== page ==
All-Ireland final: History beckons as Dublin go for five-in-a-row
Croke Park will host one of the biggest sporting showpieces in Europe on Sunday as Dublin take on Kerry in the All-Ireland Gaelic football final.
The occasion has even higher stakes, as Dublin aim to create history by claiming the "holy grail" of five consecutive senior titles.
Ahead of the final, we reflect on some of the interesting elements that have contributed to the history of the competition.
'The drive for five'
When Dublin defeated Tyrone in last year's final, they joined the small selection of teams to win four All-Ireland championships in a row.
Their opponents on Sunday, Kerry, know all about the eternal quest for the fantastic five, having twice missed out on the unique achievement.
The Kingdom clinched four successive titles between 1929 and 1932, and matched that feat from 1978 to 1981.
A last-minute goal from Offaly's Séamus Darby in the 1982 final soured Kerry's dreams as they lost by one point.
Wexford are the other team to have claimed four consecutive All-Ireland crowns, between 1914 and 1918.
Kerry have the most All-Ireland trophy wins with 37, Dublin are next on 28, followed by Galway with nine.
The biggest winning margin was in the 1911 final, when Cork defeated Antrim by 19 points.
History of the Sam Maguire
The Sam Maguire Cup is presented to the winners of the All-Ireland final.
Sam Maguire was a Protestant from Dunmanway in west Cork, who later moved to London and captained London Hibernians in three All-Ireland finals, which they lost.
He was close friends with Michael Collins who led the IRA during the War of Independence, and is reported to have sworn him into the Irish Republican Brotherhood (IRB).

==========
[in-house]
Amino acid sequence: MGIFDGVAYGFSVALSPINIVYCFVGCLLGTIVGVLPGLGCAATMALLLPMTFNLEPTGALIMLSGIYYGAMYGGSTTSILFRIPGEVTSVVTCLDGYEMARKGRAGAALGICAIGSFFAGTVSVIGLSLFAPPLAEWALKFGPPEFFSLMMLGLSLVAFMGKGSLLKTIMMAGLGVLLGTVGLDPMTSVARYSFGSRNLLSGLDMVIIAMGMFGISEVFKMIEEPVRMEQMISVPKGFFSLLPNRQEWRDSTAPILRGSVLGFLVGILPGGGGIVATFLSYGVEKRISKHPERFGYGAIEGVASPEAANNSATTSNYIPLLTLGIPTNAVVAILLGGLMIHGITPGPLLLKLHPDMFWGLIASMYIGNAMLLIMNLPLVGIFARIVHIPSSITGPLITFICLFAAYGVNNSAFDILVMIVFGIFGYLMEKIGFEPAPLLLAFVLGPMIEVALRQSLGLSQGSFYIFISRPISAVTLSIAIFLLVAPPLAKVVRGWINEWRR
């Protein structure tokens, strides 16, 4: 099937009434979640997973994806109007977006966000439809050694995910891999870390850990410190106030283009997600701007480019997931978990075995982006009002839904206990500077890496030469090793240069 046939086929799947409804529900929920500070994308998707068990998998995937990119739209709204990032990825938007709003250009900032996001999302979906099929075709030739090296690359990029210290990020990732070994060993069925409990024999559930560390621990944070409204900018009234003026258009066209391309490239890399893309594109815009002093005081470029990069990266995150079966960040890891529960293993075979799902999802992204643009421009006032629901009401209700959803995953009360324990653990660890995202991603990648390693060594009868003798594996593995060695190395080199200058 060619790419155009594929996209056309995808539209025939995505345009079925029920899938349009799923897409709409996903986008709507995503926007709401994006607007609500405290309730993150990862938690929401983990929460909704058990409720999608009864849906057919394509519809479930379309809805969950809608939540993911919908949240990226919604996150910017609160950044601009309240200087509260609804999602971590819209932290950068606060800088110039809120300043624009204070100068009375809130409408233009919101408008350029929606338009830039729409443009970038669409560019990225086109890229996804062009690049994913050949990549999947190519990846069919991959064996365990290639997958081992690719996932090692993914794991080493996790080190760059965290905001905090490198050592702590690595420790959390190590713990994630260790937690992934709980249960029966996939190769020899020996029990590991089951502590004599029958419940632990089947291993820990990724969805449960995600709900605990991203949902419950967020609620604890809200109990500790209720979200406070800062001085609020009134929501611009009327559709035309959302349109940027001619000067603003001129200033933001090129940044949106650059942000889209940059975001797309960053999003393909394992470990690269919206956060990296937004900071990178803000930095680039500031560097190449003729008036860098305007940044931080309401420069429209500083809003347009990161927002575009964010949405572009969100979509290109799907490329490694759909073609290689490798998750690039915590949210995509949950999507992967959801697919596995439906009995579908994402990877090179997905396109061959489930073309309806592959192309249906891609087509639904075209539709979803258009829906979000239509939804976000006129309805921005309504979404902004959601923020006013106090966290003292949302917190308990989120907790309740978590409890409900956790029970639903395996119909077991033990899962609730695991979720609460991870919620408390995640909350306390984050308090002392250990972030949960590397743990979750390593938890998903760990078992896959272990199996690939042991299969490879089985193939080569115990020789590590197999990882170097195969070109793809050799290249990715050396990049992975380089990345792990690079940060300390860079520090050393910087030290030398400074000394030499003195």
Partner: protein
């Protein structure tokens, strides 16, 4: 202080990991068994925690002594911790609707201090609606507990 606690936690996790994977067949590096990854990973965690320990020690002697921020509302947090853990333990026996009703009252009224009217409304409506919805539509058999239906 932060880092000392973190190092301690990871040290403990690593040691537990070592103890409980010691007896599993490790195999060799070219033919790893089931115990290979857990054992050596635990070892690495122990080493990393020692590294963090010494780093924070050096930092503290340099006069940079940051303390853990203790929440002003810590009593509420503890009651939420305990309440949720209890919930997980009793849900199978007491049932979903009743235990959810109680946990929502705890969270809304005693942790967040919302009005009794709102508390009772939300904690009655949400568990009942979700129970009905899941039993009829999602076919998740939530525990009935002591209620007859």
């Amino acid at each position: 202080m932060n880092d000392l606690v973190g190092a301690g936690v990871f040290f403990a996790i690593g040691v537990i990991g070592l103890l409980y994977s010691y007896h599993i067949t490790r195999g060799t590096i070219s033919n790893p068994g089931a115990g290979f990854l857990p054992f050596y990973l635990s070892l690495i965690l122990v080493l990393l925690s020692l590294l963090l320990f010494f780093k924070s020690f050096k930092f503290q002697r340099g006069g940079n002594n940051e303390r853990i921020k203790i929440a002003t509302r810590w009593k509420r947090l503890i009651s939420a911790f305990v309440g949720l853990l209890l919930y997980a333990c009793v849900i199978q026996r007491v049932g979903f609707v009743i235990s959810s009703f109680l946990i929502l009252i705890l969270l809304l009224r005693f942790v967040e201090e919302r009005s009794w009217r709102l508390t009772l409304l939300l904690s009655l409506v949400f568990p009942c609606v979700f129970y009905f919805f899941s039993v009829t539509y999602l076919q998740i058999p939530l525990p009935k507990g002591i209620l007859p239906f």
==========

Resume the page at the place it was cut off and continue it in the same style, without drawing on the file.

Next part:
Maguire was a key agent in London for Collins' intelligence network, and was also involved in arms smuggling to Ireland, for which he was eventually jailed.
He later returned to Ireland and worked in the newly established Irish Civil Service.
Following his death in 1927, Maguire's friends raised funds for the purchase of the cup, which was fashioned to the design of the Ardagh Chalice.
The Ardagh Chalice is a renowned religious treasure believed to date from the 8th Century, which was found in the 19th Century by a man digging for potatoes near Ardagh, County Limerick.
A replica of the trophy was created in 1988 and replaced the original for presenting to the winning team.
Trophy goes missing in New York
The Sam Maguire has proved elusive for some counties to capture, but it has also gone missing on a few occasions.
Former Irish Arts Minister Jimmy Deenihan revealed the FBI helped recover the cup when it was taken from a safe in the US in 1981.
Mr Deenihan, who won five All-Ireland medals, was asked to bring the trophy to New York to have it photographed with the World Series baseball trophy and American football's Super Bowl prize.
He said the Sam Maguire was eventually returned to a bar "wrapped in a black plastic refuse bag".
Incidentally, the only time the All-Ireland final was played outside of Ireland was in New York in 1947, at the city's Polo Grounds.
Cavan beat Kerry to claim the trophy. The Cavan team travelled to the US by air, a quicker journey than the Kerry squad who travelled by Ocean Liner.
Moran's moment of madness
Kevin Moran proved he was a pioneer after he collected two All-Ireland medals with Dublin, before switching sports to football and winning the FA Cup twice with Manchester United.
Moran claimed the Sam Maguire with Dublin in 1976 and 1977.
He was then in the Manchester United team that beat Brighton and Hove Albion in the 1983 final, but two years later ended up in the record books for the wrong reasons.
The defender was the first person to be sent off in an FA Cup final when he was given his marching orders for a foul on Everton's Peter Reid at Wembley, but United went on to win thanks to an extra-time goal from Northern Ireland international Norman Whiteside.
Moran also represented the Republic of Ireland at the World Cup finals.
Still making history
The GAA (Gaelic Athletic Association) has said it expects Sunday's final to be a sell-out at Croke Park, which has a capacity of just over 82,000.
The highest recorded attendance at the final was in 1961 when Down triumphed over Offaly, which was witnessed by about 90,500 spectators.
History is never far away from the event, and whether Dublin seal five-in-a-row or not on Sunday, another significant milestone will be reached.
David Gough, a teacher from Meath, will be the first openly gay referee to take charge of the final.